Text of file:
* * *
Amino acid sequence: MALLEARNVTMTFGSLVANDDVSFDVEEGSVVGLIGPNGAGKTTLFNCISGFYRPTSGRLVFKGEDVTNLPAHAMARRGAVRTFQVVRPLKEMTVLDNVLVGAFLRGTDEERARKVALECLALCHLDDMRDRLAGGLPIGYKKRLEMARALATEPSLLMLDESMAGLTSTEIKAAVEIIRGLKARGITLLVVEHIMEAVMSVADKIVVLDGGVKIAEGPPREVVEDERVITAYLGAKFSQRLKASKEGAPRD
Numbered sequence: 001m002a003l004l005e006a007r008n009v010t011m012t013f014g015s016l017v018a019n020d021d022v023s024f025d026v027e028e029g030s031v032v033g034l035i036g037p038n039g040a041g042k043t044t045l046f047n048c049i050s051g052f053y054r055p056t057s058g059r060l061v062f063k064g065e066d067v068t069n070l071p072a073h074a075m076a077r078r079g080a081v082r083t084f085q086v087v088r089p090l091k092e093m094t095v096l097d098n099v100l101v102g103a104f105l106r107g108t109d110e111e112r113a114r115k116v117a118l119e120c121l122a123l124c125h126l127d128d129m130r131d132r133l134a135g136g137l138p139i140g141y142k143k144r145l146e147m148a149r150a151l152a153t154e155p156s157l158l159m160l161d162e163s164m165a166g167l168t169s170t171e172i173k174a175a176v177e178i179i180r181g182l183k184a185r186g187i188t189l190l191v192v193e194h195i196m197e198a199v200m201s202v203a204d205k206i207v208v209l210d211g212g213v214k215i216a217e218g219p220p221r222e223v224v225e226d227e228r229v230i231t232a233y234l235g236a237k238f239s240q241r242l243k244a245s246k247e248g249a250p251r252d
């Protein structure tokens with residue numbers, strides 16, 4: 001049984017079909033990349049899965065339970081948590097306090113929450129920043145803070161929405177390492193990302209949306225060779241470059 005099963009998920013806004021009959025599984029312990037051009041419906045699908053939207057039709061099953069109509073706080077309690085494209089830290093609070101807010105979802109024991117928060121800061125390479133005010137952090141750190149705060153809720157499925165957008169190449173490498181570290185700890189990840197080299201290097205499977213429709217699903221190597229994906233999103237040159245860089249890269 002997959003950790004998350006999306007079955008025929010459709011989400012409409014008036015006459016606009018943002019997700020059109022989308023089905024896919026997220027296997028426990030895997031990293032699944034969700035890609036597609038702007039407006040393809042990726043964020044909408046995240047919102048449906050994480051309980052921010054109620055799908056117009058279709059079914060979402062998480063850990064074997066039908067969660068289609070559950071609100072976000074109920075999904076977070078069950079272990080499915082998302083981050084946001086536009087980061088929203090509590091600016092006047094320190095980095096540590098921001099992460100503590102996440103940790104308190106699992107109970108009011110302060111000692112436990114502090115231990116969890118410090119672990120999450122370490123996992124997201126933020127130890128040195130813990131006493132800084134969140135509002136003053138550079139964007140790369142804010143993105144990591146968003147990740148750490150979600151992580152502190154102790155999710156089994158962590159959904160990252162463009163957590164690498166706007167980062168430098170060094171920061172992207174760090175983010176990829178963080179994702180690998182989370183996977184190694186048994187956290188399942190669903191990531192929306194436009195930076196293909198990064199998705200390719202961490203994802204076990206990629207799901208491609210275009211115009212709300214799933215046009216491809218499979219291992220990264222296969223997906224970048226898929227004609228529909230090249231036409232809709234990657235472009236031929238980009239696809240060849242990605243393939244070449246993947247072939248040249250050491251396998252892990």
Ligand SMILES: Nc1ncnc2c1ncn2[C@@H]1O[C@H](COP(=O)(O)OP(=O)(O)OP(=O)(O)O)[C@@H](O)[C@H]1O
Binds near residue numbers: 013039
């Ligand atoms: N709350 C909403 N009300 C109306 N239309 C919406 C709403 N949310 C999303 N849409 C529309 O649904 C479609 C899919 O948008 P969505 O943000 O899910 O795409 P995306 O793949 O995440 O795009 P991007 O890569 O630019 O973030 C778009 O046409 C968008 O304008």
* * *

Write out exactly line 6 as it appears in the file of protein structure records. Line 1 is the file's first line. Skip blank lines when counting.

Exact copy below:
């Ligand atoms: N709350 C909403 N009300 C109306 N239309 C919406 C709403 N949310 C999303 N849409 C529309 O649904 C479609 C899919 O948008 P969505 O943000 O899910 O795409 P995306 O793949 O995440 O795009 P991007 O890569 O630019 O973030 C778009 O046409 C968008 O304008």